How 2018 Will Be A Watershed Year
Division and corruption shall be the legacy of Jacob Zuma’s reign over our country. But the decision to announce free tertiary education for households with joint incomes below R350000 a year is the right one.
Even if Mr Zuma was motivated by political expediency or to salvage his irredeemable legacy, it does not mean the decision was wrong.
The argument about where the money will come from is, frankly, disingenuous in a country where the top 1% earners take home 17% of all income; the top 10 earn 60%; and the top 1% own 67% of the country’s wealth, giving the country a wealth Gini coefficient of 0.95 — the worst in the world.
It is also a betrayal for a country with the highest deposits of mineral wealth in the world to not have a Sovereign Wealth Fund (SWF). Such a fund would not only serve equitable wealth distribution but also provide a national kitty that could easily fund quality education and health system as well as the country’s infrastructure.
In light of the recent Steinhoff scandal, which exposed corruption within our private financial sectors, perhaps it must be emphasised that an SWF should be run by a composition of personnel from the academic institutions, retired judges, government and fund managers. The Norwegian model is the best to follow.
The Markets Reacted Positively
The markets reacted positively to the election of Cyril Ramaphosa as the new president of the African National Congress just before Christmas. But this does not mean South Africa’s woes are gone. Even if the ANC decides to recall Mr Zuma and he is prosecuted for the charges pending against him, we’ll still find that this wouldn’t be enough to bring us back from the precipice.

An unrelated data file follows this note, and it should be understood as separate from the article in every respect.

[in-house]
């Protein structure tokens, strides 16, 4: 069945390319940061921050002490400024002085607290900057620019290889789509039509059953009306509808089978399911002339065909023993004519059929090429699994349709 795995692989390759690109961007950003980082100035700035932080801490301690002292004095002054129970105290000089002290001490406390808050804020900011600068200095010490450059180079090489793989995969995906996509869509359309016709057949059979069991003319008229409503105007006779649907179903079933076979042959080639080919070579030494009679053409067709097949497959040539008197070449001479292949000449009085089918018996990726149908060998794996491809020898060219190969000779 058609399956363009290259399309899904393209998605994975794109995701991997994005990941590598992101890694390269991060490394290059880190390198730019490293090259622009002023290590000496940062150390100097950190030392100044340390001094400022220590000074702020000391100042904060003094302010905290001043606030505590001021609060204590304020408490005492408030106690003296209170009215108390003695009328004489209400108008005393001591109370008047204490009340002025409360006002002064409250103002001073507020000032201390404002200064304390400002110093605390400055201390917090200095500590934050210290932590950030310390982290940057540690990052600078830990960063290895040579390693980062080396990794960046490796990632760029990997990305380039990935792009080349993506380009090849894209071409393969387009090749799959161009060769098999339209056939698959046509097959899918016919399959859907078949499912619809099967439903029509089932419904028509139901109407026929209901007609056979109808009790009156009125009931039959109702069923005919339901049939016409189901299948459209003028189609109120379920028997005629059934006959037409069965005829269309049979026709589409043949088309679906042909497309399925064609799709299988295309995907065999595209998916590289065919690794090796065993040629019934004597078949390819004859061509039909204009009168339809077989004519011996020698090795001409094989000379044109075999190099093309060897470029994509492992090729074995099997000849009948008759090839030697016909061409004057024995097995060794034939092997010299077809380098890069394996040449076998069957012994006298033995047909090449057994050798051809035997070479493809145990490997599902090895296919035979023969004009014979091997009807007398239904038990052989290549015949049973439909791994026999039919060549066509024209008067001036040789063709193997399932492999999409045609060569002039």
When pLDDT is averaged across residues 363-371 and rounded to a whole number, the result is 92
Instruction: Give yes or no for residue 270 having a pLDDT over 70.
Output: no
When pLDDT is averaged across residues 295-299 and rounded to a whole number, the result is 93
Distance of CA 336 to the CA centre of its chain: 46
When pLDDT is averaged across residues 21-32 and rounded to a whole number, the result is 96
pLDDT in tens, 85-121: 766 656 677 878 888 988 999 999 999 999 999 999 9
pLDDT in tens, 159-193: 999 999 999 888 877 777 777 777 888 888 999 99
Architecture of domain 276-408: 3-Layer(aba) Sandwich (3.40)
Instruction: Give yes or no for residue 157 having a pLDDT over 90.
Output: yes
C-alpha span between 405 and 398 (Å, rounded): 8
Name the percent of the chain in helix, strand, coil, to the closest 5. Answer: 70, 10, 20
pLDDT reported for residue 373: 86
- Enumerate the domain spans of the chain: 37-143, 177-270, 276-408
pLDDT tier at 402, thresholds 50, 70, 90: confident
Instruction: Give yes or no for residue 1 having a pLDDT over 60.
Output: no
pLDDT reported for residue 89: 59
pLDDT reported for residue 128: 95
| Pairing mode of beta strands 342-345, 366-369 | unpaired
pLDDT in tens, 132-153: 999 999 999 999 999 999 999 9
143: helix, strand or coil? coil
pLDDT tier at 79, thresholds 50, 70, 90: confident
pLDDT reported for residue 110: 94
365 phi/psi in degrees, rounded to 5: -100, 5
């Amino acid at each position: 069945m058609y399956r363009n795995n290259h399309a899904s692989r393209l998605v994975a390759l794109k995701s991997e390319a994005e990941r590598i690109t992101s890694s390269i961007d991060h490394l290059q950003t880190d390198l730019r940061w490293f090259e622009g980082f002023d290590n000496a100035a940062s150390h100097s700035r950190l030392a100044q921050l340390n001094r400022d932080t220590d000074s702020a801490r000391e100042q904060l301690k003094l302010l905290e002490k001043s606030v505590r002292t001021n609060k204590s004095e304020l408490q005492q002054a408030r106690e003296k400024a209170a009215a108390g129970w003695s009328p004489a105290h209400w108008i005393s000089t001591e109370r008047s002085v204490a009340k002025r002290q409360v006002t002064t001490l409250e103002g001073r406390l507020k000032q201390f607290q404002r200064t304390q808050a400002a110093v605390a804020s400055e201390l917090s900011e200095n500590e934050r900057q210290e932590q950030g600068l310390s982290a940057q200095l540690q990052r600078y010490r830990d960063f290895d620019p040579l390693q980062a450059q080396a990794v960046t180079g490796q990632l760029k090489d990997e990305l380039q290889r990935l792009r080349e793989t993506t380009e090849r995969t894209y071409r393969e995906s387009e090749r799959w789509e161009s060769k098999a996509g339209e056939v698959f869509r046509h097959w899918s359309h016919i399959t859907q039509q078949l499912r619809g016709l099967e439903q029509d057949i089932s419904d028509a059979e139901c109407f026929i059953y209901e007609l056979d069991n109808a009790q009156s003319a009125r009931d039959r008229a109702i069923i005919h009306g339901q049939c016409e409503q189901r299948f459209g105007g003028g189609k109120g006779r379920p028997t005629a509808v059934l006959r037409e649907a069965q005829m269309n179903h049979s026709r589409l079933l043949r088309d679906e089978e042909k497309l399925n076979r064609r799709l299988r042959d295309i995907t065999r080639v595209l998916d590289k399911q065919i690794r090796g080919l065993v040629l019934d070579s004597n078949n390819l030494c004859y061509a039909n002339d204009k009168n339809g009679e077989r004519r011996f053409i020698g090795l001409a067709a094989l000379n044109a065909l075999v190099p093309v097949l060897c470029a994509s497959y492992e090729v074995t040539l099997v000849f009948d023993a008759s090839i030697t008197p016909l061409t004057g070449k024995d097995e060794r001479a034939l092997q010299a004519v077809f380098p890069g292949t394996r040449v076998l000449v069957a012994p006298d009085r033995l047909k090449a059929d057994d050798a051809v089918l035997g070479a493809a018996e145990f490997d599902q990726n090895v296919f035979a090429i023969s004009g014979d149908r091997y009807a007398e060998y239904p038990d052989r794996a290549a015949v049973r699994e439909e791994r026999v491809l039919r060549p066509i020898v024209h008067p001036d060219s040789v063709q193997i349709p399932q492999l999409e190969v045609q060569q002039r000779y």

It might be good for the morale of the country but it wouldn’t solve its economic woes, especially the scourge of inequality that is threatening to be the country’s downfall.
The year 2018 is going to be a watershed moment with our country probably going to enter a full socio-economic crisis. The free education will go far in letting off the steam, especially from the #FeesMustFall movement which in conjunction with a serious socio-economic crisis might turn into what is already been termed as the Mzantsi Spring.
Mr Ramaphosa has promised what he calls a “New Deal”. This sounds good if it indeed will be some form of a Marshall Plan — especially for our youth, the ticking time-bomb.
The widespread practice in Africa is to use the unemployed youth for political purposes, even forming them into political factional militia when things flare up. It is only a matter of time before someone employs a similar strategy in our country. The populist tone of the Nkosazana Dlamini-Zuma campaign was slowly leaning towards this. We would be foolish to think that we’ve heard the last of that group.
If the Ramaphosa leadership gets things wrong we shall quickly be back to square one, with a vengeance.
From his January 8 statement — the annual address to mark the founding of the ANC — we shall get a better idea about the details of his New Deal, and how (if) they propose to solve our problems.
Something tells me that winning the party presidential race is going to look like a walk in the park compared to the task of solving our economic fix.
The solutions are not in the sky, but they require a collective effort that is not limited to the ANC alone. Mr Ramaphosa needs to call for an Economic Indaba that involves all stakeholders (political parties, business, academic institutions, faith and civic organisation, etc). The terms of reference should be how to:
- Broaden access to quality education;
- Effectively tax our 1% wealthowners and 1-10% highest-income earners for equitable redistribution, and find effectiveways of fighting illicit money transfers.
- Provide a universal basic income grant and scrap the social grant system.
- Put in place laws and regulation that promote economic growth and decent work creation that do not thwart our labour laws. The German model with workers sitting on company boards is attractive.
- Have a solid industrial plan that will revive our manufacturing sector, especially in traditionally underprivileged areas, by giving zero company tax in those areas.